Alejandro Grajal, PhD
President and CEO

Matthew Rosauer
Chair, Board of Directors



Highlights of a few of the year’s many successes YOU made possible


Hasani Inspires the World

Our community collectively held its breath last summer as we witnessed the birth of giraffe Hasani. Hasani had rear leg abnormalities that hindered his ability to stand and walk. Woodland Park Zoo’s expert team of animal health and care specialists worked with a team of international experts. Custom-fashioned therapeutic shoes and leg casts allowed Hasani to stand tall enough to nurse and take his first steps outside. Hasani’s story of recovery and spirit reached 744,250,000 news impressions around the world and inspired all of us to work even harder to protect these majestic creatures in the wild. Today, Hasani can be found on our African Savanna, chasing after zebras under the watchful eyes of dad Dave, mom Olivia and aunt Tufani.

Growing Up Gorilla

Yola, our baby gorilla born in late 2015, has lived a momentous life in her four years at Woodland Park Zoo. This year, author Clare Meeker published “Growing Up Gorilla,” a chronicle of Yola’s life as she helped form a durable family unit among Woodland Park Zoo’s western lowland gorillas. When she was first born, Yola’s inexperienced mother walked away instead of nurturing the baby. “Growing Up Gorilla” tells the story of Woodland Park Zoo animal keepers and our gorillas working together to help mom and baby form a lasting, nurturing bond. Yola’s story is a learning experience for children within their own multi-generational families. “Growing Up Gorilla” can be purchased at our ZooStores or wherever fine books are sold.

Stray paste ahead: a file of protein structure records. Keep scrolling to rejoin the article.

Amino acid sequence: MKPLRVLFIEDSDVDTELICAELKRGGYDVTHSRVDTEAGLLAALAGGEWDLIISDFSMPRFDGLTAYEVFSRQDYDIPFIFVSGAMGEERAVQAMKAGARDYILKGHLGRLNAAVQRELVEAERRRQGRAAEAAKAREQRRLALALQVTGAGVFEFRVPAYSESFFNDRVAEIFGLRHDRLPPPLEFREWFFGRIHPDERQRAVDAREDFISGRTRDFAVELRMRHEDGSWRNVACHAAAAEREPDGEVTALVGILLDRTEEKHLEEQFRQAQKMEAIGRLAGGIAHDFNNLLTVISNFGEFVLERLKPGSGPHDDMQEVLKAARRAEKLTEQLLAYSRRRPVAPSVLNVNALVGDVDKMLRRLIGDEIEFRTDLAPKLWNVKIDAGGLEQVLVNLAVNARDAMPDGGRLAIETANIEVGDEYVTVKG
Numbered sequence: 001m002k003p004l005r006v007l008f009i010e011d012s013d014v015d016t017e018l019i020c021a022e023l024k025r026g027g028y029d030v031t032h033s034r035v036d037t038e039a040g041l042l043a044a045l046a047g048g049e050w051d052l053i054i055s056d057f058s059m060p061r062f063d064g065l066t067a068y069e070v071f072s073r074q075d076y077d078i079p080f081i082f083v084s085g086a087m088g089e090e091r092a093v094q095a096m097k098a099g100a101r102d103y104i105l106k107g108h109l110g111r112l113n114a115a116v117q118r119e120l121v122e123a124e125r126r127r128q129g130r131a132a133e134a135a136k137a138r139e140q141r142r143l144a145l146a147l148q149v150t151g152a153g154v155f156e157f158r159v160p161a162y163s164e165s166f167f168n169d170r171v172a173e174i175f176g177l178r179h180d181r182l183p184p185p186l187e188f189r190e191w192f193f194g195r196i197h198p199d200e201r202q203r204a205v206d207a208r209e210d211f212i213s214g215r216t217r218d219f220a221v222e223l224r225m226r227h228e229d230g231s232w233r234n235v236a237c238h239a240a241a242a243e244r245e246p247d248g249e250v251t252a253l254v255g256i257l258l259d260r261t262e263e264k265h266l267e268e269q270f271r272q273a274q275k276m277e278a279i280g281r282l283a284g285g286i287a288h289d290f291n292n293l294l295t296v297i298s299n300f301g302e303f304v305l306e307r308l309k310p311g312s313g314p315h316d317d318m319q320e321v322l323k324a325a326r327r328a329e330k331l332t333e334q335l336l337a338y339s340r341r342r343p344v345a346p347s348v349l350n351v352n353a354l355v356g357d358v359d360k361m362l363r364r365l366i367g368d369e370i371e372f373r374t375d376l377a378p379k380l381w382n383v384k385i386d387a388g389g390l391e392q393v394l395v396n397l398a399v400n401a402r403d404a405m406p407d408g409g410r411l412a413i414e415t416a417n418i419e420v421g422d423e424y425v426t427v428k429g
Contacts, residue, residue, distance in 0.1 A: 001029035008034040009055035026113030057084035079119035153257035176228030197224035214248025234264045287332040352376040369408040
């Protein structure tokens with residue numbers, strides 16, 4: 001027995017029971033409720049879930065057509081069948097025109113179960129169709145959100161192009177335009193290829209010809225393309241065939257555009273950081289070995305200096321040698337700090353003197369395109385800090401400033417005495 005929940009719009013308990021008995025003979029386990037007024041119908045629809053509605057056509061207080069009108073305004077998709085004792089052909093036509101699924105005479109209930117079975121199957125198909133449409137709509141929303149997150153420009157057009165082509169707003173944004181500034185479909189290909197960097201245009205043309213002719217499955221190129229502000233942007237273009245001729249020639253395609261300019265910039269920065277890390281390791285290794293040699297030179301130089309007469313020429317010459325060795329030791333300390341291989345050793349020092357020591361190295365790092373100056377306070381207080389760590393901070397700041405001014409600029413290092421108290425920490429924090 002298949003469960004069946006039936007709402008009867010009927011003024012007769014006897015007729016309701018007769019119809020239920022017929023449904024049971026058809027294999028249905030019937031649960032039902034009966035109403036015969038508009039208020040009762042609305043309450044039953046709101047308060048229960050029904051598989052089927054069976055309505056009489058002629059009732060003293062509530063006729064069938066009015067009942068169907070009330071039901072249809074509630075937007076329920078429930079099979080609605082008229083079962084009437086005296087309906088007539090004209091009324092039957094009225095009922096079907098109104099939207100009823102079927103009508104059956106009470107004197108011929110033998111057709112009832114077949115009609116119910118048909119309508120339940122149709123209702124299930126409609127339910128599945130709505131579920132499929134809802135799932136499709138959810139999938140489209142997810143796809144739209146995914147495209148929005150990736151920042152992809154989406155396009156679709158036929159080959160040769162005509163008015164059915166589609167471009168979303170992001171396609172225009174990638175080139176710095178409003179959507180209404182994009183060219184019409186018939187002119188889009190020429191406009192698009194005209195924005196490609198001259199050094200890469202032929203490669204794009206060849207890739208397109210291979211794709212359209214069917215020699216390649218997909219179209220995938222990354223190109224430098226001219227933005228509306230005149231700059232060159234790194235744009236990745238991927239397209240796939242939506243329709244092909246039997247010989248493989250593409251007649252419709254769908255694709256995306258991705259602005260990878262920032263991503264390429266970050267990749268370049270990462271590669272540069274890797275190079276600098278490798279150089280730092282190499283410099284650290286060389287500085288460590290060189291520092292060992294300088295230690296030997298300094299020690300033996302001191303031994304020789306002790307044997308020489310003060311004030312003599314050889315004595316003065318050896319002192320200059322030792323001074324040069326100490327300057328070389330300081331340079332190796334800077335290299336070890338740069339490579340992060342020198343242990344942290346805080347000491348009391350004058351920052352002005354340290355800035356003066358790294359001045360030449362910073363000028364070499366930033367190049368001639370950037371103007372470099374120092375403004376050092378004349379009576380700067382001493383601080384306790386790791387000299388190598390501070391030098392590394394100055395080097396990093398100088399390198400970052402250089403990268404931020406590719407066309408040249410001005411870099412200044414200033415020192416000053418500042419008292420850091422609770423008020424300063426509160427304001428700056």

Bridging an Ocean with the Tree Kangaroo Conservation Program

Two Pacific Rim nations came together when the Tree Kangaroo Conservation Program (TKCP) launched a cultural exchange between the people of the YUS-region of Papua New Guinea and the Lummi Nation. Woodland Park Zoo hosted Papua New Guinea partners as they joined the traditional Salish Sea canoe journey of Pacific Northwest Tribal Nations. The zoo also hosted a reception featuring our TKCP partners, the acting-Ambassador of Papua New Guinea to the United States, representatives from state government and members of the Lummi Nation. Through this cultural exchange, indigenous communities deeply invested in the health of environments and peoples are now connecting and combining efforts to protect wildlife, ancient forests, and educating youth to create intergenerational leaders.

Access for All

Making Our Mission Accessible